The most dramatic themes have emerged in pitched online battles. On one side are Jivamukti teachers, students, and affiliate studio owners who reject accusations that they are cultists and avow the effectiveness of their method and the bonds of their community. On the other are former students and teachers who point to the school as an example of everything that’s wrong with modern yoga: a quintessentially American pyramid scheme, topped by charismatic pretenders.
But beneath the storm, subtler disputes are unfolding, perhaps most clearly seen in the point-counterpoint between yoga veterans like Leslie Kaminoff and a new generation of educators about how to move forward in the shadow of perennial scandal.
Kaminoff is one a handful of prominent students of the lauded yoga therapy pioneer T.K.V. Desikachar. He’s an anatomy instructor and yoga historian, and he provided a central voice for Michelle Goldberg’s report on the Jivamukti scandal in Slate.com. Goldberg consulted him as a former Jivamukti teacher, and as a veteran of the Manhattan yoga scene.(6)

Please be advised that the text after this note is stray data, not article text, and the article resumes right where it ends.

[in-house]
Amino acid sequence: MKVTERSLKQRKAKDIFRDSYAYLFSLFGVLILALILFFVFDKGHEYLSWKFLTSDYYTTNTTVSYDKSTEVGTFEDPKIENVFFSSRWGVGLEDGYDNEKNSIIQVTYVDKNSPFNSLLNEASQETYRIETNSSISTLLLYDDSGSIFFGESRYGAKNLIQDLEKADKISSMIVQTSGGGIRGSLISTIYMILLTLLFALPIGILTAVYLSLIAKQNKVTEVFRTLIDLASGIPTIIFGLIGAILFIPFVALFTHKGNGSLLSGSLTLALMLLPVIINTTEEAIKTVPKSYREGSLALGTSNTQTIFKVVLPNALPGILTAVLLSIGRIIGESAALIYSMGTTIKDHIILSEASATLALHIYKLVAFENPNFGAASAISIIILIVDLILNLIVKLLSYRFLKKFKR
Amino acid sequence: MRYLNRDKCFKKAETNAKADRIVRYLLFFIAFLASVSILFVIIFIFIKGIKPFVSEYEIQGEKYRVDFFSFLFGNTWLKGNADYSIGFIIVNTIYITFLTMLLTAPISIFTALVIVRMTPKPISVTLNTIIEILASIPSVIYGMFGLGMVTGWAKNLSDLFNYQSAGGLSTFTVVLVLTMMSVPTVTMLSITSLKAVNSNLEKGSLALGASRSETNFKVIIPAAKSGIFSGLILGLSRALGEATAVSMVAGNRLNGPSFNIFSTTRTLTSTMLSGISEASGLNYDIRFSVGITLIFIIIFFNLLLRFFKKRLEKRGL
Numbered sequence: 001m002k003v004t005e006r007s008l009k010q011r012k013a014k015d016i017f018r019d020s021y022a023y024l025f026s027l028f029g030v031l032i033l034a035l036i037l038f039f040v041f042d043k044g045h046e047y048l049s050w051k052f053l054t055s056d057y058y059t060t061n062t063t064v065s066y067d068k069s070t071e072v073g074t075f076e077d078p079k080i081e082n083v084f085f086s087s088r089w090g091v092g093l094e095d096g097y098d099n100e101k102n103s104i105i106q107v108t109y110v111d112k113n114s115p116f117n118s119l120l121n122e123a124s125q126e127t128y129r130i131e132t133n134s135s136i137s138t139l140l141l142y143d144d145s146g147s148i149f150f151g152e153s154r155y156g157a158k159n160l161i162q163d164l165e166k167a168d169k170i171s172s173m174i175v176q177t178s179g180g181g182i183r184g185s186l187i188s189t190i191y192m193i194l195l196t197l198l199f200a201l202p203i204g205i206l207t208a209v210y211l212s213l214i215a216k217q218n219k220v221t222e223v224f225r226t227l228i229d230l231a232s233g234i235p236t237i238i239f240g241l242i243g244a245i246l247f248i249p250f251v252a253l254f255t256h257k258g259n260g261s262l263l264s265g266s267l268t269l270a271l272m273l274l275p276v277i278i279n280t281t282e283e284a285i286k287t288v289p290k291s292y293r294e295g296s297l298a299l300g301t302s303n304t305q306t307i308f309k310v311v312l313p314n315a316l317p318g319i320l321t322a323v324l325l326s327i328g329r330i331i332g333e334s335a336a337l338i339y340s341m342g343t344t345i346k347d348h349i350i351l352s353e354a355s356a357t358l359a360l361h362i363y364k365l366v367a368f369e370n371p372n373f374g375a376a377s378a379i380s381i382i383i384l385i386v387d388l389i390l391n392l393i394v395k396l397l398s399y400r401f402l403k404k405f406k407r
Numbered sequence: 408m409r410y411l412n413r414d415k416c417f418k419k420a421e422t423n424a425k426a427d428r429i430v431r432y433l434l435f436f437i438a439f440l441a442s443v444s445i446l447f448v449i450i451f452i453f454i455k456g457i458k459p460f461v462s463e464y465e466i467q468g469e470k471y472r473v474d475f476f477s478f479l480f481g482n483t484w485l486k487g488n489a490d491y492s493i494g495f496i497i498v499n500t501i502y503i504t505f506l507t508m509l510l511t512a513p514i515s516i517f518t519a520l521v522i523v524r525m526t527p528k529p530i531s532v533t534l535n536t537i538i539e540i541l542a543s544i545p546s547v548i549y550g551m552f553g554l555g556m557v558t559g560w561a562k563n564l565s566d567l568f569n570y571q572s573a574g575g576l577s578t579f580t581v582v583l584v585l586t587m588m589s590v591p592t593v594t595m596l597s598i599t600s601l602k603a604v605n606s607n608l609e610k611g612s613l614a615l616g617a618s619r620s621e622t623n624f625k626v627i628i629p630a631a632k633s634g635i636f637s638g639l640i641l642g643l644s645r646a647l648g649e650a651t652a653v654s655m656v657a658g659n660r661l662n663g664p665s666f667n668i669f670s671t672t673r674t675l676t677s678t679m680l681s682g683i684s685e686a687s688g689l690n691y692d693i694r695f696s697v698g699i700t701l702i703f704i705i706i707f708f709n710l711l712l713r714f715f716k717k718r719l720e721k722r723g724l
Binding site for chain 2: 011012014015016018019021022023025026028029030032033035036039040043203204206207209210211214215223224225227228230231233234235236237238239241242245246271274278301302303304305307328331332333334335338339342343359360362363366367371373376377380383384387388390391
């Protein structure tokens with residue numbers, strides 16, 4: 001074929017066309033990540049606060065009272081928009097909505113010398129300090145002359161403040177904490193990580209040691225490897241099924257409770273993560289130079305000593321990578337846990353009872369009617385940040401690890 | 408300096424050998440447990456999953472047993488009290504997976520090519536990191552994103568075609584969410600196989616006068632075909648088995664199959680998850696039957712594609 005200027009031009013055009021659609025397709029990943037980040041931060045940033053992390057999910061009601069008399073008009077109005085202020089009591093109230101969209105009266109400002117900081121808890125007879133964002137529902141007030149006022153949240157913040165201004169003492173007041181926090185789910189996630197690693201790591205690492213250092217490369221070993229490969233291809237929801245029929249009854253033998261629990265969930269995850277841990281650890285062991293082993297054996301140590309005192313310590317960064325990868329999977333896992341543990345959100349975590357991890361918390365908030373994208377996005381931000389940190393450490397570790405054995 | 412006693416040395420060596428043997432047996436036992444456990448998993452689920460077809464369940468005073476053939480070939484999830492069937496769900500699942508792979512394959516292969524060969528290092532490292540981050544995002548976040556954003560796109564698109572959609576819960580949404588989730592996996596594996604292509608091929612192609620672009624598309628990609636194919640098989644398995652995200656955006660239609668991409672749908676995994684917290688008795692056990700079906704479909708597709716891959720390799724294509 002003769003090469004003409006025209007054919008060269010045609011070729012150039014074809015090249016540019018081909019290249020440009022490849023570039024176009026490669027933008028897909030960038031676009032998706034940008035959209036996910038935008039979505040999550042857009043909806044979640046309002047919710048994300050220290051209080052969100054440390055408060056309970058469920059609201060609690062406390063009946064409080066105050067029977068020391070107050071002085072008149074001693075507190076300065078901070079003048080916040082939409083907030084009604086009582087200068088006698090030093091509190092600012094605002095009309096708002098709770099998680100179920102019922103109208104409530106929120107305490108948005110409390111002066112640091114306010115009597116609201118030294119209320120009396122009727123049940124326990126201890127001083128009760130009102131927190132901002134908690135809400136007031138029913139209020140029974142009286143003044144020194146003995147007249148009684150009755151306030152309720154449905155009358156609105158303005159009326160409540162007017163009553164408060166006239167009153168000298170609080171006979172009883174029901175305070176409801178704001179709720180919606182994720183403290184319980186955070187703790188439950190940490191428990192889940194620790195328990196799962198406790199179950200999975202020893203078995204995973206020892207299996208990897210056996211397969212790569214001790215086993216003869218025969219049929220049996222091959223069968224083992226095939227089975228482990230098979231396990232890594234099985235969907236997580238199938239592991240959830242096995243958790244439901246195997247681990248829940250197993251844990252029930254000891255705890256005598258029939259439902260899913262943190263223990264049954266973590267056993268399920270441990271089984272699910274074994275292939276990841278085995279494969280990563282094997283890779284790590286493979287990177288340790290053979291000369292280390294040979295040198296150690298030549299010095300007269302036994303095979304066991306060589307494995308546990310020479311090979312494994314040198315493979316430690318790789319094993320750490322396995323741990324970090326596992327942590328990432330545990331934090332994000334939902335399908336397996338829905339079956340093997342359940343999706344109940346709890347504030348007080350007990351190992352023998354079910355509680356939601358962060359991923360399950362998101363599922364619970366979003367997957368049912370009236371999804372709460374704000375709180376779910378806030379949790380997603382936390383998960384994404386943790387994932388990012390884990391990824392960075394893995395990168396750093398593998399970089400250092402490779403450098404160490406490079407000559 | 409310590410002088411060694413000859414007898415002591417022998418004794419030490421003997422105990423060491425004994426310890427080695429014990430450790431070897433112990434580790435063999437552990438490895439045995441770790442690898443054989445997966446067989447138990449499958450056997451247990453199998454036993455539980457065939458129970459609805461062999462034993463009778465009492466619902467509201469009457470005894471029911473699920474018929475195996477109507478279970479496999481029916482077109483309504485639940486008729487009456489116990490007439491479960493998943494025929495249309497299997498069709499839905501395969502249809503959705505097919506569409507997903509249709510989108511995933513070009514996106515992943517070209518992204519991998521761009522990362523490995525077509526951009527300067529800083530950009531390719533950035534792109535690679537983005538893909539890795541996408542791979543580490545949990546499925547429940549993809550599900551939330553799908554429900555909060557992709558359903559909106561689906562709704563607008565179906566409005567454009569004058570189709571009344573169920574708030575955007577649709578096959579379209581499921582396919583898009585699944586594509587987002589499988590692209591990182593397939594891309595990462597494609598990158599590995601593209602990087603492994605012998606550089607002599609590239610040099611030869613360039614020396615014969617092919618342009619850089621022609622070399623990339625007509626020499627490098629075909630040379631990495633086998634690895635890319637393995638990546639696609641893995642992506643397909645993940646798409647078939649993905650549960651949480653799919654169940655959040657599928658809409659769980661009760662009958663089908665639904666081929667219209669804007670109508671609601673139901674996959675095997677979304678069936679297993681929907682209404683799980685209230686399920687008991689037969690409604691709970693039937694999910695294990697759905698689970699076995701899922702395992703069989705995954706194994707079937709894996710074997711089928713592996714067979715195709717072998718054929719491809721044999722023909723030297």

“He gave voice to what I suspected a lot of readers were thinking,” Goldberg wrote via email.
In the article and a follow-up video, Kaminoff described growing wary of the Jivamukti scene in the early 1990s, as Gannon and Life became increasingly clear about their intentions to “remystify” yoga. He described how they built their faculty and business through a culture of emotional surrender and free labour, noting that leaders in cult-like environments become incapable or unwilling to distinguish disagreement from disloyalty. He criticized their militant veganism, their penchant for showing animal slaughterhouse films during yoga classes, and their negative attitudes towards their students having children.
But Kaminoff parts ways with other critics of Jivamukti by saying that participation in the school requires multiple choices that ensure its students are clearly consenting to everything that happens to them.
“Given how much buy-in there has to be in order to become a special person within an atmosphere like that,” he explained in the video, referring to Faurot, “it’s not a powerful way to go through life, identifying as a victim, when there are so many choices along the way.”(7)
Faurot accused Lauer-Manenti of abusing her status as mentor and supervisor to sexually grope her over the course of a year and a half.